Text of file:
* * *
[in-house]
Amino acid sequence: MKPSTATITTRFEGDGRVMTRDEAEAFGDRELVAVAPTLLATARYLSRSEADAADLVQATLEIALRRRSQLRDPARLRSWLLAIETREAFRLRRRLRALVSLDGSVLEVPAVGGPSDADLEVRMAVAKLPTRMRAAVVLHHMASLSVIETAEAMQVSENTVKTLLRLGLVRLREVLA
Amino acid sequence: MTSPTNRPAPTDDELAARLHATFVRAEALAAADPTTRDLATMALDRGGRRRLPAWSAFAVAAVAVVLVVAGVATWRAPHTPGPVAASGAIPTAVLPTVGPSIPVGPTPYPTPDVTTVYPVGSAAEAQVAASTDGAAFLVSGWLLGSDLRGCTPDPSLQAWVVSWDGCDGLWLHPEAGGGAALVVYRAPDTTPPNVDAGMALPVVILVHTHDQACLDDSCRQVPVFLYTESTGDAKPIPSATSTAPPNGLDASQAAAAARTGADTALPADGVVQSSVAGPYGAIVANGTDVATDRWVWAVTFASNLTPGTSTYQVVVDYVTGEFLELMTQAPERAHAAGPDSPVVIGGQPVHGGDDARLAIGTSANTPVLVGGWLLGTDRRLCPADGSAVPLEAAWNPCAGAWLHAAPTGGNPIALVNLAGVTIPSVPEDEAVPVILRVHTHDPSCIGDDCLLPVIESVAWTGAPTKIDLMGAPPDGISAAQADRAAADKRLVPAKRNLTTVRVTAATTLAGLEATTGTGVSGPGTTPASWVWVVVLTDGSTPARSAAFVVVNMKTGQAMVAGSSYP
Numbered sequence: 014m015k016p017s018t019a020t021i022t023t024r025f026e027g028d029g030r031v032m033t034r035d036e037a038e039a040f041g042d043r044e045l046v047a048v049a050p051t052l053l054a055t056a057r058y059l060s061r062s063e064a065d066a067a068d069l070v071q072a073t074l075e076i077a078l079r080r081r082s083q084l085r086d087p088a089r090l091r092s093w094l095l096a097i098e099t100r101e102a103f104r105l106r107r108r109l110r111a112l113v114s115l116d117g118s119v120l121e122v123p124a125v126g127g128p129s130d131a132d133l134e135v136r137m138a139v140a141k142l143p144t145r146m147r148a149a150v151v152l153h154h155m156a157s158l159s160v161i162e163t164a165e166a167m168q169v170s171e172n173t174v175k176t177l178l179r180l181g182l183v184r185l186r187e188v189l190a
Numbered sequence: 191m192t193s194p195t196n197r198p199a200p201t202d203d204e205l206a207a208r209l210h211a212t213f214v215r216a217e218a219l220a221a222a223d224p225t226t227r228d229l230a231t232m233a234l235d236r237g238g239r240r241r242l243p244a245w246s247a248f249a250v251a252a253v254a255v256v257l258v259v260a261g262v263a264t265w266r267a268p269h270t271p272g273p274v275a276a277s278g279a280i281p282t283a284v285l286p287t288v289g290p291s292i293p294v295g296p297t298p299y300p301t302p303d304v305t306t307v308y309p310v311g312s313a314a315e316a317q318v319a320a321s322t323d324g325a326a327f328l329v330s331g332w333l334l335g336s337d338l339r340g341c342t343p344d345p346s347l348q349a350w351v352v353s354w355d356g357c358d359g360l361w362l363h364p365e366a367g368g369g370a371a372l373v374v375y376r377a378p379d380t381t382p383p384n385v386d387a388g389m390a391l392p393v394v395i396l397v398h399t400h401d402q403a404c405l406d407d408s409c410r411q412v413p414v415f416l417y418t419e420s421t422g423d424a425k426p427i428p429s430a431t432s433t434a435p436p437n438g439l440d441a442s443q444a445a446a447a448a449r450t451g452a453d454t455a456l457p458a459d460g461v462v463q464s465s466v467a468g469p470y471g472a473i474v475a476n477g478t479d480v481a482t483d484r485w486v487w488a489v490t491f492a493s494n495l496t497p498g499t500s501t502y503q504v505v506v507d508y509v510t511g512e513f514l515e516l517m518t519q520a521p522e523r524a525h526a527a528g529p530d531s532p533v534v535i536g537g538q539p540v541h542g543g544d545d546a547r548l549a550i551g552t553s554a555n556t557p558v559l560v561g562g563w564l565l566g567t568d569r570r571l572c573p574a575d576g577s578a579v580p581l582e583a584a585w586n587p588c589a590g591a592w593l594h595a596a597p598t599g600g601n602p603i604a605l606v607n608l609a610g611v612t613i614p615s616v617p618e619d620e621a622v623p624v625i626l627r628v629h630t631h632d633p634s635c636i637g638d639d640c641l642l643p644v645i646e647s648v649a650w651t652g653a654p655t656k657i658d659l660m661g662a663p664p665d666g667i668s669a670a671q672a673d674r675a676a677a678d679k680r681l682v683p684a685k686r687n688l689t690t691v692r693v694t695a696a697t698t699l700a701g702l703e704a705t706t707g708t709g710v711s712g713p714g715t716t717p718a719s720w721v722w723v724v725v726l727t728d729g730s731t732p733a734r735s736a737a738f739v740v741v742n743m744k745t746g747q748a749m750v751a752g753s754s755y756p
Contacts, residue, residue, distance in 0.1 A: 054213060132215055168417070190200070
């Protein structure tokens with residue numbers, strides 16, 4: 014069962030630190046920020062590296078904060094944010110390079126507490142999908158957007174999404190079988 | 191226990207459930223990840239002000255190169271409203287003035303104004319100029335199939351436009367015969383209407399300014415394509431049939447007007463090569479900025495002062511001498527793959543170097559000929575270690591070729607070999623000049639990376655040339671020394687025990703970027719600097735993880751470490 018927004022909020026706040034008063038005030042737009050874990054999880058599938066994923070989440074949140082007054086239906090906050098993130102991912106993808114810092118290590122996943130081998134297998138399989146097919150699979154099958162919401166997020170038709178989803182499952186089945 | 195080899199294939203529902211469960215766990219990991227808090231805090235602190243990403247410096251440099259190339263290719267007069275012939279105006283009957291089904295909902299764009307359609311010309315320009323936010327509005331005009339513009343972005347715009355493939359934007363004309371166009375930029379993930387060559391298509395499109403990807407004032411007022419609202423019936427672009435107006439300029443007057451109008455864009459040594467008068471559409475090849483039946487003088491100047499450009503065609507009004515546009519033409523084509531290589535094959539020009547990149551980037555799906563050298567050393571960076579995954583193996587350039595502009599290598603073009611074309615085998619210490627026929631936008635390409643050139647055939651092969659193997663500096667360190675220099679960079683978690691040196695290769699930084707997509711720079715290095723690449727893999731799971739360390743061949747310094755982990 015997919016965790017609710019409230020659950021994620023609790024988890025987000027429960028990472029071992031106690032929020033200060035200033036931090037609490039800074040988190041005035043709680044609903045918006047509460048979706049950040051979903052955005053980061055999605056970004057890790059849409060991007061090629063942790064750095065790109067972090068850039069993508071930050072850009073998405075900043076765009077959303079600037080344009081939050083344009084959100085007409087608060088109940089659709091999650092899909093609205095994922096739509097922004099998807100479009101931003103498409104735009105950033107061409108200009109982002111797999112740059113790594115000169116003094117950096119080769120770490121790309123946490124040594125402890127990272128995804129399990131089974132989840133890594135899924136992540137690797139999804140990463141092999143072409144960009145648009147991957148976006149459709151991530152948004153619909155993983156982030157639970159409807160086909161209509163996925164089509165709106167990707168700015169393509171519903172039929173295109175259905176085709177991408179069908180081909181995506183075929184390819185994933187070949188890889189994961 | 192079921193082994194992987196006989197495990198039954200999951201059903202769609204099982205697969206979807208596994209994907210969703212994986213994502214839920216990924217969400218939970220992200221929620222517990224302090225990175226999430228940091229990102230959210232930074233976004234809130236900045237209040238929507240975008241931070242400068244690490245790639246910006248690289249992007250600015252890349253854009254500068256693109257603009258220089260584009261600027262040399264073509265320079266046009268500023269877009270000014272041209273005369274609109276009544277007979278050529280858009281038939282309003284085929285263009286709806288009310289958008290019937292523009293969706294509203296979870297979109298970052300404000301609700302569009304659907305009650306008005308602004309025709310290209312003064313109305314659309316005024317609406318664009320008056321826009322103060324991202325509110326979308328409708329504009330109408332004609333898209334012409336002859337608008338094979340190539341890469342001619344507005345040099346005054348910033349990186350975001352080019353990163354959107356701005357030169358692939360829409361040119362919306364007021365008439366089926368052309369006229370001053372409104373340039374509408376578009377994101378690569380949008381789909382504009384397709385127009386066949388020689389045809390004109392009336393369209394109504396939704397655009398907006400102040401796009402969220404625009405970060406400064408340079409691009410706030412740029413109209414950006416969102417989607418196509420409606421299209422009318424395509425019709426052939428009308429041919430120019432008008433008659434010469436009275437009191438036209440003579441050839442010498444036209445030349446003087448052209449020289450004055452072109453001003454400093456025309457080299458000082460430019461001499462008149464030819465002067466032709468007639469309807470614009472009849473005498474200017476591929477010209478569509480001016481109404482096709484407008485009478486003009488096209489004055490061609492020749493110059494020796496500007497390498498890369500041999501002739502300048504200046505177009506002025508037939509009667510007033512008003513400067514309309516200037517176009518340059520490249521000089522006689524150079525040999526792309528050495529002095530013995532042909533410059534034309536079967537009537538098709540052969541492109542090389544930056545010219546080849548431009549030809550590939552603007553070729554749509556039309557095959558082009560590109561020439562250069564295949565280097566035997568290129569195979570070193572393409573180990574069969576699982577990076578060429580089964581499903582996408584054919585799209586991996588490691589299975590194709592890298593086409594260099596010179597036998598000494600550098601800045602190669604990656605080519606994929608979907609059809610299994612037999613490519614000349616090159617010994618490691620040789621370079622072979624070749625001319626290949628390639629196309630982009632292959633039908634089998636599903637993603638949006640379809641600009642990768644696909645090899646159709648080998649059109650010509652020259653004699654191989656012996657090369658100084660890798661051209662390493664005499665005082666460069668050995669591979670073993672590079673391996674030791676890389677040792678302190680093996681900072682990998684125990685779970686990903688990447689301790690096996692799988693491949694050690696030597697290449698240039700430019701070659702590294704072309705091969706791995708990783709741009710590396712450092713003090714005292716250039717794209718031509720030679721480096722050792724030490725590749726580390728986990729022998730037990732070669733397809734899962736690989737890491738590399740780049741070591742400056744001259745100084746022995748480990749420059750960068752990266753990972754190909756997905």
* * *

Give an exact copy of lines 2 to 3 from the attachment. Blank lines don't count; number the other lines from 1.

Amino acid sequence: MKPSTATITTRFEGDGRVMTRDEAEAFGDRELVAVAPTLLATARYLSRSEADAADLVQATLEIALRRRSQLRDPARLRSWLLAIETREAFRLRRRLRALVSLDGSVLEVPAVGGPSDADLEVRMAVAKLPTRMRAAVVLHHMASLSVIETAEAMQVSENTVKTLLRLGLVRLREVLA
Amino acid sequence: MTSPTNRPAPTDDELAARLHATFVRAEALAAADPTTRDLATMALDRGGRRRLPAWSAFAVAAVAVVLVVAGVATWRAPHTPGPVAASGAIPTAVLPTVGPSIPVGPTPYPTPDVTTVYPVGSAAEAQVAASTDGAAFLVSGWLLGSDLRGCTPDPSLQAWVVSWDGCDGLWLHPEAGGGAALVVYRAPDTTPPNVDAGMALPVVILVHTHDQACLDDSCRQVPVFLYTESTGDAKPIPSATSTAPPNGLDASQAAAAARTGADTALPADGVVQSSVAGPYGAIVANGTDVATDRWVWAVTFASNLTPGTSTYQVVVDYVTGEFLELMTQAPERAHAAGPDSPVVIGGQPVHGGDDARLAIGTSANTPVLVGGWLLGTDRRLCPADGSAVPLEAAWNPCAGAWLHAAPTGGNPIALVNLAGVTIPSVPEDEAVPVILRVHTHDPSCIGDDCLLPVIESVAWTGAPTKIDLMGAPPDGISAAQADRAAADKRLVPAKRNLTTVRVTAATTLAGLEATTGTGVSGPGTTPASWVWVVVLTDGSTPARSAAFVVVNMKTGQAMVAGSSYP